I do not mind at all discussing these issues or answering questions as they pertain to my business. I have discussed some of these things on previous posts and have read a lot of opinion about these issues on other posts.
We built our park from scratch and opened March 1, 2001. At that time wifi in RV Parks did not exist. Within 2 years, the burgeoning wifi business came on the scene, and through our State Association, we received a number of presentations from different companies giving pitches for their wifi solutions. We chose one that seemed to us to offer the best solution for our location in the boondocks where we had no cable TV and the rural phone cooperative did not yet offer DSL. This left us no choice other than satellite for a “high speed” internet connection. Until then we were on dial-up. That original contract (other such 3rd party providers offer similar arrangements) gave us two basic options: (1) They supply all equipment, installation, site survey work, and system maintenance at no cost to us and they keep 100% of all revenue generated; or (2) We purchase or lease from them all equipment, pay for site survey work and maintenance and we get 30% of the revenue generated. Under either plan, we would also have to pay for the satellite signal, which initially cost $120/mo. There is no difference in billings to the customer under either option.
We chose option 2, and after 2 years of tinkering, cussing and discussing, we had a wifi system that worked good sometimes, fair to bad about half of the time, and not at all sometimes. This initial company finally gave up after two years saying that they did not have satisfactory solutions for our problems, which they attributed to incompatibility between the satellite system and modems and the available wifi broadcast systems for RV parks. That first company gave up and sold all of their RV park wifi contracts to another company and now concentrates on their original business of installing wifi systems in buildings where satellite signals and broadcast distance, topography, and varying numbers of users are not issues.
The next company came in promising that they could solve all of our problems, and all we would have to do is purchase a different satellite dish and router and install a repeater to cover the far reaches of the park. We also purchased additional bandwidth from Hughes satellite, which raised our ongoing monthly satellite cost to $200/mo. This proved to work better, but still not satisfactory to us or our customers. We still had issues with inconsistent signal strength, signal availability and speed, especially when the park was crowded. It seems that wifi, being a radio signal, does not pass through large RVs very well. Between these first two companies and period of 4 years we spent about $8,000 in equipment and labor plus the monthly bandwidth charges for the satellite signal.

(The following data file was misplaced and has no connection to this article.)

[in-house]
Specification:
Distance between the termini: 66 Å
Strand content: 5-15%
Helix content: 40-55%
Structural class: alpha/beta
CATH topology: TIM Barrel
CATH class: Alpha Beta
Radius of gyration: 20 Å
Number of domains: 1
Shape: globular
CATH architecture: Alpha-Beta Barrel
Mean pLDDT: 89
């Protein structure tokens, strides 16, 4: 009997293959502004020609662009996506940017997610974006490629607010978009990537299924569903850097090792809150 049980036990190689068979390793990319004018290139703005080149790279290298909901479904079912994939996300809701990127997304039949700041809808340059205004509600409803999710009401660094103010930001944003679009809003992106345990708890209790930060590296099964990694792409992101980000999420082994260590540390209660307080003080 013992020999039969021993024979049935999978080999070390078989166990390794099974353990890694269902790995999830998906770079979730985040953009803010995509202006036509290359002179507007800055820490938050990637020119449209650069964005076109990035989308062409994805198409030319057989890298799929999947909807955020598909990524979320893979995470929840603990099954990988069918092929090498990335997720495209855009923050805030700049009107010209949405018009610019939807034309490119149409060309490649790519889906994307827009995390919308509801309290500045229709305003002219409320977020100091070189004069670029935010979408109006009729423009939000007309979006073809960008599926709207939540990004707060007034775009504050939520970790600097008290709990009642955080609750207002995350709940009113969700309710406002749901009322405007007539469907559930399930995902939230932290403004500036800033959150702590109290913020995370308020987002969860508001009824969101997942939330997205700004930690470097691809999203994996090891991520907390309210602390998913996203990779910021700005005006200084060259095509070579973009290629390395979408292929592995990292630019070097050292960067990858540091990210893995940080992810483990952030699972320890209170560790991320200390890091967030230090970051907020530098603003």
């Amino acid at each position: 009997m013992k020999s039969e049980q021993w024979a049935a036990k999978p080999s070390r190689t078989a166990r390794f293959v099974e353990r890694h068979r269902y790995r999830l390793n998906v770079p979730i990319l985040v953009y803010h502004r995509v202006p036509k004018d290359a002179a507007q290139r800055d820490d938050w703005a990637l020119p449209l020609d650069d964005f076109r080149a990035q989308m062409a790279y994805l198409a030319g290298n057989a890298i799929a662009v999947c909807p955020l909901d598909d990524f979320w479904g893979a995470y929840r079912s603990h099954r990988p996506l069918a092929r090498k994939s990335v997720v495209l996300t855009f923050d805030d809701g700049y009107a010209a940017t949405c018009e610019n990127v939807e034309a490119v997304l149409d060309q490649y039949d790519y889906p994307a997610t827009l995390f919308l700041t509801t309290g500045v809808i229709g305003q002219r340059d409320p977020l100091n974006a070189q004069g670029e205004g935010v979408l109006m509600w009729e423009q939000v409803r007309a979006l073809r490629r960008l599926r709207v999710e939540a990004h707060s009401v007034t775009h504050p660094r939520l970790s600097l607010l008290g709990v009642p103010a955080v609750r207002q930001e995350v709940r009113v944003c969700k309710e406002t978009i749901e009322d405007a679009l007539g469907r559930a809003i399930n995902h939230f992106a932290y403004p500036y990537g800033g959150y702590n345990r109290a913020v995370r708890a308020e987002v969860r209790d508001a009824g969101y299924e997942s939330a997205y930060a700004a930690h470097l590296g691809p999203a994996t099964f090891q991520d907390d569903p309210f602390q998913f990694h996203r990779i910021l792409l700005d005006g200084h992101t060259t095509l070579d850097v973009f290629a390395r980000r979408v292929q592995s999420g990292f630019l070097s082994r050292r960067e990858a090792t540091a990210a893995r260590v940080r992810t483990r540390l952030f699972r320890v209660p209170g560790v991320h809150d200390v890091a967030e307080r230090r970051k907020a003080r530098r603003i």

About 2 years ago, company number 2 sold their business to company number 3 who told us that they could solve our problems, and they seem to have finally done it. It cost me an additional $4,200 in site survey work, an additional antenna and three more repeaters. We have since been connected to DSL by our phone company, and everything seems to be working great. This company provides us tip sheets to hand out to our customers and provides us and our customers a 24 hour help line and remote diagnostics for our system if we have system problems. Our customers tell us that the help line people are professional, knowledgeable and courteous. We receive a lot more positive comments about how well the system works than we do complaints about paying for it.
The addition of wifi has had no impact on our rates. Our rates are set according to seasonal supply, demand, and local competition. No one has the ability to charge more than the market will pay. If enough customers are not willing to pay the rate that we need to justify our costs and labor, then our only option is to get out of the business. To stay in business we must supply products and/or services that our customers want and are willing to pay for and do so with a friendly helpful attitude.
As far as credit card charges, they generally run about 1 to 3 percent of the charge plus a small transaction fee in the 25 to 50 cent range.
Again, thanks for letting me give my 2 cents worth. Doug